College president on YCCD docket

Austen Thibault, The Union Democrat

The Yosemite Community College District Board of Trustees could select Columbia College's new president and will address free speech policy concerns at its Wednesday board meeting in Modesto.

A hiring decision could be made for Columbia College's president during closed session of the meeting at the board's Modesto office. The board oversees Columbia and Modesto Junior colleges.

The district is also set to change wording on its free speech policy, loosening administrative restrictions on when and where students can practice free speech.

This issue stems from a case in which a student, Robert Van Tuinen, was prohibited from handing out copies of the U.S. Constitution on Constitution Day, Sept. 17, at Modesto Junior College. A lawsuit filed on behalf of Tuinen against the district also will be discussed in closed session.

The district began the hiring process for a new Columbia College president in November, which included a public forum last week for the three remaining candidates.

The forum was followed the next day by board interviews of the candidates, including viewing comments from the forum's audience.

The college has had an interim president, Leslie Buckalew, since former president Dennis Gervin was placed on leave in February, and later dismissed.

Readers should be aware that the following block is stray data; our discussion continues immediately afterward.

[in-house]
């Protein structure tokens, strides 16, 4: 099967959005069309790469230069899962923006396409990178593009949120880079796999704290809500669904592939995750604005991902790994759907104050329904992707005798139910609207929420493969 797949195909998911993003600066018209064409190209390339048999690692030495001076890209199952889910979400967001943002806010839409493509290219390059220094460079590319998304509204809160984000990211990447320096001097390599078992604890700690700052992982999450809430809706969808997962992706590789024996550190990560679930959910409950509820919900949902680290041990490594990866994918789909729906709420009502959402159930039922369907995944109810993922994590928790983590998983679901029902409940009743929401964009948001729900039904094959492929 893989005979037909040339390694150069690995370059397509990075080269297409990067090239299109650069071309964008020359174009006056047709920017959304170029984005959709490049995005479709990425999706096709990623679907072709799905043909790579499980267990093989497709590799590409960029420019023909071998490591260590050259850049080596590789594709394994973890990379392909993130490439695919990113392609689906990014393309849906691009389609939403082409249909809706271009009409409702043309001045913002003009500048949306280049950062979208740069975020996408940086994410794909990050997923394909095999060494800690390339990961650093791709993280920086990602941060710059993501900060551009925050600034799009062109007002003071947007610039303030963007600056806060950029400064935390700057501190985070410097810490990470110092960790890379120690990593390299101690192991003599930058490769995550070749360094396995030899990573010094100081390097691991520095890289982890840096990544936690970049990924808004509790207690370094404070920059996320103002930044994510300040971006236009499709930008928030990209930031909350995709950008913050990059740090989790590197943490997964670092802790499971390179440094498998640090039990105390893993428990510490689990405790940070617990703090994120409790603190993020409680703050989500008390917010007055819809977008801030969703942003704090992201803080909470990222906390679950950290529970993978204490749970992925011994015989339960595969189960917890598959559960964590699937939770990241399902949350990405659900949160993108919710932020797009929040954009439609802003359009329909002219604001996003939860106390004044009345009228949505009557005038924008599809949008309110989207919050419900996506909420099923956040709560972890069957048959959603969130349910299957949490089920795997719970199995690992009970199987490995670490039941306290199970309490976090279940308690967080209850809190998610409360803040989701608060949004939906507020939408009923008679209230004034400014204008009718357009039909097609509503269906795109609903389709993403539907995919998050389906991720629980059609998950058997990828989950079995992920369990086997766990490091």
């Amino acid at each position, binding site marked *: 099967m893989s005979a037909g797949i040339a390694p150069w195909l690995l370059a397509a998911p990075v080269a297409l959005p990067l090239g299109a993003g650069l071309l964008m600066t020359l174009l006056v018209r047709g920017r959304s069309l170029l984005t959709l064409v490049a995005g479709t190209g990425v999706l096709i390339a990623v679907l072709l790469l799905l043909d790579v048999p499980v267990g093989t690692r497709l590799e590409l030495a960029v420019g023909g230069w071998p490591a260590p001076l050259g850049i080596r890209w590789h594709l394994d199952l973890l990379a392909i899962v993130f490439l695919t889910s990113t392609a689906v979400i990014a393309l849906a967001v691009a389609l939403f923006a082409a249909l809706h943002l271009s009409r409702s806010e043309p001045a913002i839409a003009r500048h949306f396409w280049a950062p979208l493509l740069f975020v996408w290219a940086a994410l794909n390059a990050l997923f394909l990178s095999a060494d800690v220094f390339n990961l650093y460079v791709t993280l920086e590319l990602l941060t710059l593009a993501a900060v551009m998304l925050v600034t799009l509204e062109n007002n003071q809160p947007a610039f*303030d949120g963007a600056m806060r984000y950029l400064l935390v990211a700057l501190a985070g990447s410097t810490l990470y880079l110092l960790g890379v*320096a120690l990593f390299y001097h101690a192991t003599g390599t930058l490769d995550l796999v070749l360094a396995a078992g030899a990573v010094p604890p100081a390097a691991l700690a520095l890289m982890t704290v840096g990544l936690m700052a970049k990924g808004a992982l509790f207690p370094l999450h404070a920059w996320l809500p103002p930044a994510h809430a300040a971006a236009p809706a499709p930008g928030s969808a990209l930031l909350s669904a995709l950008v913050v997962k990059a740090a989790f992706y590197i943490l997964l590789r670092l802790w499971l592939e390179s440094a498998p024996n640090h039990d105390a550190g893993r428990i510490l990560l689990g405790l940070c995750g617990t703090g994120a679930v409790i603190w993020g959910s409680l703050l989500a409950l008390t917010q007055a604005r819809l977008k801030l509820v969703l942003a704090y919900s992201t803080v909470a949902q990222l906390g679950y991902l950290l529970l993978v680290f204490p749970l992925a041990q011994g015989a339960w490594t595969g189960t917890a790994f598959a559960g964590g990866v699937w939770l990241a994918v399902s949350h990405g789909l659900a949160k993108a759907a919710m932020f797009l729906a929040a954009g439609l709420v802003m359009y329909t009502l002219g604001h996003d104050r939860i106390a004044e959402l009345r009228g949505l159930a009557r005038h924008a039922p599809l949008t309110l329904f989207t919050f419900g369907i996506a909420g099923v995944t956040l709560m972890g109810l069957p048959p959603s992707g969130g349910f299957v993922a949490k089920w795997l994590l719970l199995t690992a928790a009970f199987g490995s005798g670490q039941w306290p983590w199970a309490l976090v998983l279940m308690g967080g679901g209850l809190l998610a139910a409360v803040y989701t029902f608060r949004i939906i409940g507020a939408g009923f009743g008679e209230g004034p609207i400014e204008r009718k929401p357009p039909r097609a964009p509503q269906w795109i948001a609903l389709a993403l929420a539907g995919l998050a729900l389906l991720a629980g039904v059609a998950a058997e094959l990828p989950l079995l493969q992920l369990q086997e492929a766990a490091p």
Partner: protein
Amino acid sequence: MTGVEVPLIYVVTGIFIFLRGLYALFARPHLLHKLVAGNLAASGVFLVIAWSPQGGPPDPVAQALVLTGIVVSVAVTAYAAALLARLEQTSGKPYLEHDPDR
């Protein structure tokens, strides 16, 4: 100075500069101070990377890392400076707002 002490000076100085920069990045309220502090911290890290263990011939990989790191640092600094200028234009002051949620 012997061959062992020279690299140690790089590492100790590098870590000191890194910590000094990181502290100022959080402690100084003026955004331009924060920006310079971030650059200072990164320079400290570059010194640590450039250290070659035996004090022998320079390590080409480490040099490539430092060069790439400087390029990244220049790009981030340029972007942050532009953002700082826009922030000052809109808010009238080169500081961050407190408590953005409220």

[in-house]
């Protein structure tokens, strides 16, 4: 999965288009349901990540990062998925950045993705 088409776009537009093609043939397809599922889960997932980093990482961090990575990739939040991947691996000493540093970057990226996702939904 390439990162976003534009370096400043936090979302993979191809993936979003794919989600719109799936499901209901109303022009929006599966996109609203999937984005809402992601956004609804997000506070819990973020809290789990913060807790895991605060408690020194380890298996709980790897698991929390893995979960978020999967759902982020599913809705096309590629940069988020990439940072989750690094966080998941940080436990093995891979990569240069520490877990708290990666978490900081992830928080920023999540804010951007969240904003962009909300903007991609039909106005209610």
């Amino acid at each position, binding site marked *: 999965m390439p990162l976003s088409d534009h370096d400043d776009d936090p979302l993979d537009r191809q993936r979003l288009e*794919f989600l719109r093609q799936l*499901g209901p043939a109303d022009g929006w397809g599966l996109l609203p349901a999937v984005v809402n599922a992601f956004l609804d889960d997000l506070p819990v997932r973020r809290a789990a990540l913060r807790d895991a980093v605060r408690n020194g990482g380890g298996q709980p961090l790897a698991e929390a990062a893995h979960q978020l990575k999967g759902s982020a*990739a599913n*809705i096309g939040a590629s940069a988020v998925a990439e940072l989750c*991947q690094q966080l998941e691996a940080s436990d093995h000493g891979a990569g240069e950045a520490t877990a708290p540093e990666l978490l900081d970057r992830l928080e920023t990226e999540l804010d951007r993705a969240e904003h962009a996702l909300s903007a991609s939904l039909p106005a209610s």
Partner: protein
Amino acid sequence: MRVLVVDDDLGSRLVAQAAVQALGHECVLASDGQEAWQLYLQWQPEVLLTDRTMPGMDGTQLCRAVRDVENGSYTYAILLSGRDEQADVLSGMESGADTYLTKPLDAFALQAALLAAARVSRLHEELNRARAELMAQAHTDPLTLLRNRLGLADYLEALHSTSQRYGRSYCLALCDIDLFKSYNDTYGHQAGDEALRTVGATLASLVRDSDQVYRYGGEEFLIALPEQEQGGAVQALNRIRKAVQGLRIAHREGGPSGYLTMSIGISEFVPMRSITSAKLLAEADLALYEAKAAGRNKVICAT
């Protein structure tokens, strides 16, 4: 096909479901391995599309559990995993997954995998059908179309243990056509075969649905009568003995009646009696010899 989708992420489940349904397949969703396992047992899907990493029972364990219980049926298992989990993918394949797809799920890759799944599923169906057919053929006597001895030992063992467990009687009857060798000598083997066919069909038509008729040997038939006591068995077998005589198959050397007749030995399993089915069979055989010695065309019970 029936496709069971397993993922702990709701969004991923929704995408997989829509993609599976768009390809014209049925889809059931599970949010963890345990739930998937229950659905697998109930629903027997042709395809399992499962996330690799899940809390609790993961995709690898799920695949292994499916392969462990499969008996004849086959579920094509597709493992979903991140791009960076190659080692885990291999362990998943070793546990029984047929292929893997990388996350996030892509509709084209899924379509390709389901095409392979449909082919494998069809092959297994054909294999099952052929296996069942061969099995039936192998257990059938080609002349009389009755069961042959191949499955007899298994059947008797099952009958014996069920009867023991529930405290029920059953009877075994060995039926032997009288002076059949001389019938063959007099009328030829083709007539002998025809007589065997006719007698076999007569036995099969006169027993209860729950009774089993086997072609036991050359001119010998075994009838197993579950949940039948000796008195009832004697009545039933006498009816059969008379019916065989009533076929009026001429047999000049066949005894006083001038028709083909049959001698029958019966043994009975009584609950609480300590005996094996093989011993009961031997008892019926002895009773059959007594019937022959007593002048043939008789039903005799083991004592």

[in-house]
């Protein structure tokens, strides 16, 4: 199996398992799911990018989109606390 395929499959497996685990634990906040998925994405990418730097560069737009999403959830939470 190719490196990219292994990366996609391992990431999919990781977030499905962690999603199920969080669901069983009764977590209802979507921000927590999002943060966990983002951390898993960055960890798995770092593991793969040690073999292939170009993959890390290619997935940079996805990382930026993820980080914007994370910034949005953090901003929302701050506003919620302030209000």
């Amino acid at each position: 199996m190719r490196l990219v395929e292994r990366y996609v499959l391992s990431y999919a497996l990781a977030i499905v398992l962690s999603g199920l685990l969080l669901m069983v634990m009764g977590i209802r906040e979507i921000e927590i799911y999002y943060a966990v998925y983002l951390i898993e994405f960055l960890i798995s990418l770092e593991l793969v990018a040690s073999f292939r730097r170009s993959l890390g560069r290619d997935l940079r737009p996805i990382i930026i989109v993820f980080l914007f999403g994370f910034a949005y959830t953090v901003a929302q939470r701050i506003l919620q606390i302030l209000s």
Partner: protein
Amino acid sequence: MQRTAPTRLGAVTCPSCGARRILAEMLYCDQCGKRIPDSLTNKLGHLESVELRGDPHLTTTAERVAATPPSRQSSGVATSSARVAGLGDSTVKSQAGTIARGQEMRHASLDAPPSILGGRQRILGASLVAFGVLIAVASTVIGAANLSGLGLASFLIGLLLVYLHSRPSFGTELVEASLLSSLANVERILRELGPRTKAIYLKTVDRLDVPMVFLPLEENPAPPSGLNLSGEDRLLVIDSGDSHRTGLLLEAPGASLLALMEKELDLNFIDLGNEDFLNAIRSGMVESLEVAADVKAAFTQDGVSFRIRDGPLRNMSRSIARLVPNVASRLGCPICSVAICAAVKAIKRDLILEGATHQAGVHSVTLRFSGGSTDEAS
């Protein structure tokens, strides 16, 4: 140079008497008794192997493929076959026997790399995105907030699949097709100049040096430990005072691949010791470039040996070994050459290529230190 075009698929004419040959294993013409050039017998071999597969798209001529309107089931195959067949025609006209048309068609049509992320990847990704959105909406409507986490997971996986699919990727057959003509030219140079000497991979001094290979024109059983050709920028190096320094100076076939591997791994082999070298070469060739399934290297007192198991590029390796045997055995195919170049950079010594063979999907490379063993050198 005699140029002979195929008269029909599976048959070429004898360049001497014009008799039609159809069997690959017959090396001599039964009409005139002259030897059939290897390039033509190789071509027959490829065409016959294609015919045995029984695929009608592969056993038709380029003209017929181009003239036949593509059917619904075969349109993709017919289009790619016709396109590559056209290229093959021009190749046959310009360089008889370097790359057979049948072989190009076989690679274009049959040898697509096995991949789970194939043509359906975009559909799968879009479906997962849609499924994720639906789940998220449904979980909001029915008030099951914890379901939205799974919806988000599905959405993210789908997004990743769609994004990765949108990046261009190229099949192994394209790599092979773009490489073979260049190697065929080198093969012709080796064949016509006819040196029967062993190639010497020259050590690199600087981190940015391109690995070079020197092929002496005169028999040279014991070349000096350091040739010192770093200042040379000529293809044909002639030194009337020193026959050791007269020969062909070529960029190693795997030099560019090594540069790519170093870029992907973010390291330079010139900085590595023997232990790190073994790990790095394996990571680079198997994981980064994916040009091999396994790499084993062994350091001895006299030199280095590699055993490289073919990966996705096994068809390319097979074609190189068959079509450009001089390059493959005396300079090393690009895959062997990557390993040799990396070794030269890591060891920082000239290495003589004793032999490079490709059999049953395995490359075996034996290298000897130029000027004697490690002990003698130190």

Buckalew is one of the candidates for president, along with two others from other colleges.

District spokesman Nick Stavrianoudakis said the time space at the meeting for the decision on a president was made preemptively, and the board may not actually be ready to make that decision on Wednesday.

During the closed session, the board will also make many personnel decisions, including election of a new chairperson and vice-chairperson.

Joan Smith, district chancellor and former Columbia College president, will be appointed as board secretary, which is what the district chancellor serves as on the board, according to Stavrianoudakis.

The board will also vote on proposed curriculum changes at Columbia College.

These include discontinuing one fire technology degree and three computer science degrees, and discontinuing one photography, one advanced first aid and one career tools class and two welding classes. Numerous modifications are being made to existing classes in many fields, particularly art.

Also to be voted on is the time and place of regular meetings next year.

The meeting will open briefly from 3:30 p.m. to 3:45 p.m. to announce the reorganization of the board at the Chancellor's Office, 2201 Blue Gum Ave. Open session will resume again about 5:30 p.m.

The Union Democrat
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